While Dr. King’s message may have ended, his mission and impact did not. Despite the violence and turmoil of the 1960s, Foley stresses students today must remember that we have made progress.
“One of Martin Luther King’s legacies is making the peaceful demonstration credible,” Foley remarks. “Taking to the streets is all-American, it goes back to the American Revolution. But King made a demonstration and a march credible for everyone. He brought it into modern times from Washington D.C., to Selma, Alabama, and to Memphis, Tennessee.”
Tamra Wright, SPEA’s director of diversity, equity, and inclusion, says we’re seeing Dr. King’s legacy lived out through headline-making protests, such as the recent March for Our Lives campaign following the mass shooting in Parkland, Florida.
“Students may think these demonstrations are new, but it’s very much the same thing that what was happening in our nation years ago; students just don’t know that history,” Wright says. “That’s why we need programs here on campus to serve as a bridge for students and help them make those connections.”
Wright represents SPEA on IUPUI’s Intergroup Dialogue committee, as well as serving in the Division of Diversity, Equity and Inclusion. She says helping students understand, remember and appreciate King’s legacy is key to keeping the momentum going. That’s why the Intergroup Dialogue is partnering with the Kennedy King Memorial Initiative to host events on the anniversary of Dr. King’s assassination.
There are events on- and off-campus beginning April 3 to help students commemorate King’s assassination. On April 4, the groups will host a community conversation at 10:30 a.m. at the Landmark for Peace Memorial, located at 1702 N. Broadway Street in Indianapolis. Congressman John Lewis and Kerry Kennedy, daughter of Robert F. Kennedy, will participate in the discussion. That evening, the group also will host a commemoration ceremony at 5 p.m. at the Memorial. Students may sign up for a free shuttle ride from campus to the ceremony at this link.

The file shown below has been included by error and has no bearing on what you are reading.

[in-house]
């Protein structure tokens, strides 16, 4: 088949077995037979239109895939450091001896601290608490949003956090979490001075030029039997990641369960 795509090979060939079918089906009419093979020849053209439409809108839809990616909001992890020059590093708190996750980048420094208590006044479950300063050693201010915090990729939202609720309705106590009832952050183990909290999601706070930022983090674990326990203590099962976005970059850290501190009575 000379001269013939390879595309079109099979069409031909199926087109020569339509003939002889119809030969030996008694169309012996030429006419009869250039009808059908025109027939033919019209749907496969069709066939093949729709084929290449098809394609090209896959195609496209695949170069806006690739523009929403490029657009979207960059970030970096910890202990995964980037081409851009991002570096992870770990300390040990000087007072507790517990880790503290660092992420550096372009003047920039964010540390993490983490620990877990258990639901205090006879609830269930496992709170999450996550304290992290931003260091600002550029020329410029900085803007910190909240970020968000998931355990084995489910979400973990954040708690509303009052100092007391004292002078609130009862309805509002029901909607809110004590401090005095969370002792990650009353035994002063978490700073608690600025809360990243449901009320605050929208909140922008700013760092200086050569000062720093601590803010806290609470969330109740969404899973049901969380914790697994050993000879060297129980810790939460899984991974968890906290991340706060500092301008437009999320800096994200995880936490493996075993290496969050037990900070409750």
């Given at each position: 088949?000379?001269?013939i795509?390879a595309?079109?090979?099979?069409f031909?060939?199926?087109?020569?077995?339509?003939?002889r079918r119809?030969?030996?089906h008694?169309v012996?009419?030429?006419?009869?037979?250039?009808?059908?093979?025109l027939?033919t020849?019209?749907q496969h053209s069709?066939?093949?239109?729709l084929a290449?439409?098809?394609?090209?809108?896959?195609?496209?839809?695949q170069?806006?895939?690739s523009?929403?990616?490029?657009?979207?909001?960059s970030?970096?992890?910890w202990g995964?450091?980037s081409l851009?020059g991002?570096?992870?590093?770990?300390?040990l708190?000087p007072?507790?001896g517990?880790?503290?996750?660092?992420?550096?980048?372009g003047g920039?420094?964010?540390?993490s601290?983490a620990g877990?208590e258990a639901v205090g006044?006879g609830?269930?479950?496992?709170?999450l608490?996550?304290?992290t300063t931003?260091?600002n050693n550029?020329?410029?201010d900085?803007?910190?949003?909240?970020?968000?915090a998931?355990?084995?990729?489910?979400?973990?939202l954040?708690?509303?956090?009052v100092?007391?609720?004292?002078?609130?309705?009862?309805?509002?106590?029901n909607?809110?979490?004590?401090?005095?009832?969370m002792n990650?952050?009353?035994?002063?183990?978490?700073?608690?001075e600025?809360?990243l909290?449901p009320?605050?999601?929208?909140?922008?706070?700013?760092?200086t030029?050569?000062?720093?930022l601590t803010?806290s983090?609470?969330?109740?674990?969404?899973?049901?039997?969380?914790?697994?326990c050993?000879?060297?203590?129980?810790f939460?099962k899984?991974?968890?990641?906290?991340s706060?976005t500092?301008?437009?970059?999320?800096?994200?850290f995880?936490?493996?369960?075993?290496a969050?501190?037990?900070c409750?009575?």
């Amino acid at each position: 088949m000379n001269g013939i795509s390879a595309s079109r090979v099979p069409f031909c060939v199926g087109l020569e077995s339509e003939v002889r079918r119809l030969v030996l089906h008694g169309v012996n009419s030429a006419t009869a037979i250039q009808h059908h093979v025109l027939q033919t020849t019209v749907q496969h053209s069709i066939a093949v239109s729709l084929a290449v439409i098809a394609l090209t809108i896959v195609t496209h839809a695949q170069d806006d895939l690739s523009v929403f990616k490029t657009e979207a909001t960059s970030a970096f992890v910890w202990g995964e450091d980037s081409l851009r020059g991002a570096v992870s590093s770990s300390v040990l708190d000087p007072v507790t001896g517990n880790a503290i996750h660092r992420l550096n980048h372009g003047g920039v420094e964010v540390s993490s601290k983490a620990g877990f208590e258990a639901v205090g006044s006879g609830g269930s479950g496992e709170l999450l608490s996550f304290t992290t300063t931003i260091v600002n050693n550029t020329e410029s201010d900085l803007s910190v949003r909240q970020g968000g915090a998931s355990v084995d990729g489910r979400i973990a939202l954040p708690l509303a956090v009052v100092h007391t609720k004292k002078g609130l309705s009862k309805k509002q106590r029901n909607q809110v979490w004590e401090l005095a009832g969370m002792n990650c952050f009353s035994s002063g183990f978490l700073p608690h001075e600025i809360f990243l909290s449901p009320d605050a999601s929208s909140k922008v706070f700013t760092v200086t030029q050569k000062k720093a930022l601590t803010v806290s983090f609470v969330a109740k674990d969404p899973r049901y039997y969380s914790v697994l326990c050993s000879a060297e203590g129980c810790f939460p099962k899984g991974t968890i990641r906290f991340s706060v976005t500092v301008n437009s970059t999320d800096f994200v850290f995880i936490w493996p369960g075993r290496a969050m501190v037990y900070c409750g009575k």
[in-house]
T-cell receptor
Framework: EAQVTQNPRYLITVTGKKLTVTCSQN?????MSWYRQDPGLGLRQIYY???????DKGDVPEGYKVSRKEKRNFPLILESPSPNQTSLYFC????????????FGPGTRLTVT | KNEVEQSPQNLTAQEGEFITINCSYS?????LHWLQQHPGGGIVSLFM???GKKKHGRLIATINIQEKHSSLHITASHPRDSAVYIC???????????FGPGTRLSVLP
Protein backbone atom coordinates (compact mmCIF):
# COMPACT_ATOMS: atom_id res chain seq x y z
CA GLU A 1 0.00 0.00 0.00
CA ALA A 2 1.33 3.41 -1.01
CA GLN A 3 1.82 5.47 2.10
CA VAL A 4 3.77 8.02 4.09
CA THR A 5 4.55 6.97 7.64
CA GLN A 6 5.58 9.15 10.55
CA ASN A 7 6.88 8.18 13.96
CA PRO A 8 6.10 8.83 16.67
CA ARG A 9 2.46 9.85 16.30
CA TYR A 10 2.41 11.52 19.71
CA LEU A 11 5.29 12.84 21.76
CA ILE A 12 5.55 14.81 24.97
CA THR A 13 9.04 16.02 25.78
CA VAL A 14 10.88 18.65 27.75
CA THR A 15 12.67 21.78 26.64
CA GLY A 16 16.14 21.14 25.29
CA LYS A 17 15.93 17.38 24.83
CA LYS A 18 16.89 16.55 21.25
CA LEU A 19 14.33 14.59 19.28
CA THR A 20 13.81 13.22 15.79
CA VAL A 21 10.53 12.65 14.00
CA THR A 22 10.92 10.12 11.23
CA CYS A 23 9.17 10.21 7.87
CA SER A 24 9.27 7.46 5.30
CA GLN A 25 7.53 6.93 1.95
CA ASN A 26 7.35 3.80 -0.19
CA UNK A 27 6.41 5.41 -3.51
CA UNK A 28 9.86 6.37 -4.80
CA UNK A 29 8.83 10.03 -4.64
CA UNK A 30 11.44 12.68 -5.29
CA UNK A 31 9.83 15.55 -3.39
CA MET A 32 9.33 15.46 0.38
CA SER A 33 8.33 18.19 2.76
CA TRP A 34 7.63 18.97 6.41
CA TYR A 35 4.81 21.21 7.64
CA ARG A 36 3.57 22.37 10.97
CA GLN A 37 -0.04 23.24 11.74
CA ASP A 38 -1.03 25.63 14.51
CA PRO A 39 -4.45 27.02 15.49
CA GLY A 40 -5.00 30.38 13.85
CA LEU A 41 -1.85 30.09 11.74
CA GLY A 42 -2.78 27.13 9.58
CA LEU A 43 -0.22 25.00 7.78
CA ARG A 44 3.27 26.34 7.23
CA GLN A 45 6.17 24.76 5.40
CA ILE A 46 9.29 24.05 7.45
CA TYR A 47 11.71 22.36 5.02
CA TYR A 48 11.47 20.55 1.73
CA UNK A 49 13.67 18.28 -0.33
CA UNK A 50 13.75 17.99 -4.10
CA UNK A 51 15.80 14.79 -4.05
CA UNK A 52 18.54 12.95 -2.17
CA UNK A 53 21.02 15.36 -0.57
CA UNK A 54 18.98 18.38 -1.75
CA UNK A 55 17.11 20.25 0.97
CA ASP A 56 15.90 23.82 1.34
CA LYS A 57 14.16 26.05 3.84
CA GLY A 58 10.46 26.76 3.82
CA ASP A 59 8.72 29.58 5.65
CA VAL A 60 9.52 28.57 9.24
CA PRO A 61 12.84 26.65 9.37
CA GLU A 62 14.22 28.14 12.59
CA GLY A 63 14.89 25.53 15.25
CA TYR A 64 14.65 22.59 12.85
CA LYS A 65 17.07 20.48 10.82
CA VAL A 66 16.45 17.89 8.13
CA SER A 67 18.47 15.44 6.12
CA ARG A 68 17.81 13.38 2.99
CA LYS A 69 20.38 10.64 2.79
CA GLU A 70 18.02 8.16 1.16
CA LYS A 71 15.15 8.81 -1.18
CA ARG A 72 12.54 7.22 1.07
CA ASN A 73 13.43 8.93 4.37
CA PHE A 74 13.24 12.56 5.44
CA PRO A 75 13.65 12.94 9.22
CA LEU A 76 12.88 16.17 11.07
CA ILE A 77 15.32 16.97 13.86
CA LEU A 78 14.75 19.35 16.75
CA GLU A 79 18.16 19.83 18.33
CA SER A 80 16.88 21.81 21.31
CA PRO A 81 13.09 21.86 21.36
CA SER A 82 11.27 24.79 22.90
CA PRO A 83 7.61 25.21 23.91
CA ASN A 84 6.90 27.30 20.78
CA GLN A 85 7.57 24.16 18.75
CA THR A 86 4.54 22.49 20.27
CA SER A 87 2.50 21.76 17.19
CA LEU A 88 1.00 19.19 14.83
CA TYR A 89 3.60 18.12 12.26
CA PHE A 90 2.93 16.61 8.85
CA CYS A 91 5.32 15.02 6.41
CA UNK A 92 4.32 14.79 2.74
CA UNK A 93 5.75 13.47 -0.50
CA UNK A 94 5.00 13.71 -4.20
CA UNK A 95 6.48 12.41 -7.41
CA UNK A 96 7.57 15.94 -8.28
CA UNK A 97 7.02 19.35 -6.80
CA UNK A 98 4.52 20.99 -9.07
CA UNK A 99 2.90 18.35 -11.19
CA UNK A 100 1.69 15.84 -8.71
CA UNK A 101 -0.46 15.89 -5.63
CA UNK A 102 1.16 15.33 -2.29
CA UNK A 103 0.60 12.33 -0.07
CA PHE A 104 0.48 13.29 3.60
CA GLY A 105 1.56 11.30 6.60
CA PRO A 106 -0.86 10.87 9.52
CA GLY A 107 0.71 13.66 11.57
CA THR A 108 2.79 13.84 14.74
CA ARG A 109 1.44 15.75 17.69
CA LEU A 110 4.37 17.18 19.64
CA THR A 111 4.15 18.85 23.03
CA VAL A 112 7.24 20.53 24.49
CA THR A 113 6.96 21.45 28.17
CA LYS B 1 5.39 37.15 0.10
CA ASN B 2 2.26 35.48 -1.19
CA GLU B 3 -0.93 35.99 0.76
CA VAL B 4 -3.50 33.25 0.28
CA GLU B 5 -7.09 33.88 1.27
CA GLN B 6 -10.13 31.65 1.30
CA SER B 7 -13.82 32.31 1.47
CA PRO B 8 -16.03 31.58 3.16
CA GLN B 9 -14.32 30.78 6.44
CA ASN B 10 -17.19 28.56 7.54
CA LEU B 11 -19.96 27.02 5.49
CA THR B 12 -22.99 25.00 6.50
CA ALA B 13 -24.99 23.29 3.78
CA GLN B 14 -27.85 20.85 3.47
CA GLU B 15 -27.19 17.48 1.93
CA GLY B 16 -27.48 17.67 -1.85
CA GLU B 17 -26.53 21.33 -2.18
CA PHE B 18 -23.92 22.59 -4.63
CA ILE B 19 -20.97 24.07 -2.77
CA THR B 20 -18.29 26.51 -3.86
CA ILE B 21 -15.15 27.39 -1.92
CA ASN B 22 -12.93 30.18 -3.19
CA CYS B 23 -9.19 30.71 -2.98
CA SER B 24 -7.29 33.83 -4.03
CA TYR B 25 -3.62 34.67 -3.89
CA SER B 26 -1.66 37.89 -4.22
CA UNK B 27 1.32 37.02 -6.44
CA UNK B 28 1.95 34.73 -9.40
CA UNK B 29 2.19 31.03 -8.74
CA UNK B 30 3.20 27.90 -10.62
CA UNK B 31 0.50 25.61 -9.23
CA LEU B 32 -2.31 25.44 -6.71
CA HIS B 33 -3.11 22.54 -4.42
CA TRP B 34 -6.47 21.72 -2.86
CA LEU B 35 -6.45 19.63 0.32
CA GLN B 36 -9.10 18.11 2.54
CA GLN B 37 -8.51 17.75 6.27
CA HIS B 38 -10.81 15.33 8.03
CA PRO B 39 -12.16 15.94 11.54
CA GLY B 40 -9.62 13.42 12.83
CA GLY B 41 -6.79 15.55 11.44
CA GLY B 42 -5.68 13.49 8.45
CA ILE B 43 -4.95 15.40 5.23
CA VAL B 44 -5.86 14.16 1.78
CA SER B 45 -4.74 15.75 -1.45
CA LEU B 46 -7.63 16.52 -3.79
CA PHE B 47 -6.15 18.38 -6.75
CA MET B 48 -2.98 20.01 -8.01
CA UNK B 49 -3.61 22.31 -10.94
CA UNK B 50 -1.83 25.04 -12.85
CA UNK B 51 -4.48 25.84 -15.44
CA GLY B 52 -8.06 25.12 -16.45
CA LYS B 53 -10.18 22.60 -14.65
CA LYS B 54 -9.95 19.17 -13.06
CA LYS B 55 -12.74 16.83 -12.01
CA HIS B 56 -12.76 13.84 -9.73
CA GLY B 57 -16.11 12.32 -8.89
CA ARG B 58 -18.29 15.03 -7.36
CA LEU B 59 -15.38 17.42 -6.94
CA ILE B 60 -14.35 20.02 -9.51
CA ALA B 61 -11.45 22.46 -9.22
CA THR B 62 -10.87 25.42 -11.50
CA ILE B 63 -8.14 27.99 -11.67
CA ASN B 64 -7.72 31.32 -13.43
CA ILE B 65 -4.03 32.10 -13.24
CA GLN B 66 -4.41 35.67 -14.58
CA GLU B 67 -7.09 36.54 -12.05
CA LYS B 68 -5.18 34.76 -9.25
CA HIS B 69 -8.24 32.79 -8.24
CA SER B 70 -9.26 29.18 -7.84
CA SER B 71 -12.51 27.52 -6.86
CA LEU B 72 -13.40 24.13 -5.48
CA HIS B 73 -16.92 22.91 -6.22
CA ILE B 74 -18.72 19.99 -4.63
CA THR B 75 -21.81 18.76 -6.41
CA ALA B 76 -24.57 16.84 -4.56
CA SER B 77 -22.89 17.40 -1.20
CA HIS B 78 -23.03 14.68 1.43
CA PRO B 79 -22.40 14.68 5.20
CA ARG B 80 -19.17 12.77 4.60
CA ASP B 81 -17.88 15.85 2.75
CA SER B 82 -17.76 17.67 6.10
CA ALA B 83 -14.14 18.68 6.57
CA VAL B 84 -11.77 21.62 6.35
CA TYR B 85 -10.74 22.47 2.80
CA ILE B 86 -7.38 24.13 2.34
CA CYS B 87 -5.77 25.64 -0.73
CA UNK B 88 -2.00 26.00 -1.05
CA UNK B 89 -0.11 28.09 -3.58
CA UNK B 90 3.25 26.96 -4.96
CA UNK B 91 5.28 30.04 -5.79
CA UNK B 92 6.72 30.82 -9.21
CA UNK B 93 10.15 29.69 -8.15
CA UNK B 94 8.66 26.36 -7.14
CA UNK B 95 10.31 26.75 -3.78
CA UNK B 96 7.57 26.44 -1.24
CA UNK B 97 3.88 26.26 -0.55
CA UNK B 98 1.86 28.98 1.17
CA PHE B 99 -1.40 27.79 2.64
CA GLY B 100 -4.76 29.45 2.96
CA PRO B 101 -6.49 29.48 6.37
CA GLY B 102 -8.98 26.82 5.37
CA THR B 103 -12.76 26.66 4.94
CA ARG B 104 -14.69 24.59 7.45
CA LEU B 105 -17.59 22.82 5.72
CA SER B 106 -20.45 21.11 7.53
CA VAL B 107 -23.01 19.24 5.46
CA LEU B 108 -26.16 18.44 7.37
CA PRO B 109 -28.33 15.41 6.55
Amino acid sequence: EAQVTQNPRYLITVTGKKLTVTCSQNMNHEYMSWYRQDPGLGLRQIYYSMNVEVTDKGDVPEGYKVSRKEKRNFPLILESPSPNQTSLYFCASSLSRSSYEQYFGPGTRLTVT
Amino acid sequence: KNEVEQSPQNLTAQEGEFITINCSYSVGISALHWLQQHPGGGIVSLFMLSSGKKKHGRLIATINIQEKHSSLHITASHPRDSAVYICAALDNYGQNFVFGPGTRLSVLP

“These events strengthen the connection, but conversations in the classroom are even more impactful,” Wright says. “As faculty, the classroom is where we can truly help students understand social issues, from the past through today. We are not only supposed to educate students on our course’s curriculum, we are supposed to prepare them to be competent citizens.”
Both Wright and Foley say connecting students with these experiences is critical so they understand that Martin Luther King, Jr.’s legacy is not only an inspirational story, but part of a road map guiding us into the future.
“If you shine the lamp of history properly it tells us who we are, where we came from, and, most importantly, it tells us what to embrace and what to reject,” Foley says.
“This was not long ago when we lived in a segregated society,” Wright says. “Some students don’t know the history and don’t know the significance of what it means to truly put your life on the line for a cause. We had people dying for what they believed in, including Dr. King and Robert Kennedy.”
The commitment to their beliefs set Indianapolis as the stage for one of the most memorable moments in our nation’s past, linking the city to two of history’s greatest advocates for equality.
“Martin and Bobby are now bound together in time forever beyond the veil of tears,” Foley says. “These were sad times for the people and the nation, but the progress engendered by King and Kennedy was so sound and so righteous that in a half century it has not been reversed. It has been carried further by others, as they would have wanted.”
You can read and listen to Kennedy’s full speech at this link. To learn more about the events planned for the 50th anniversary of Dr. King’s assassination, visit the events section of https://igd.iupui.edu.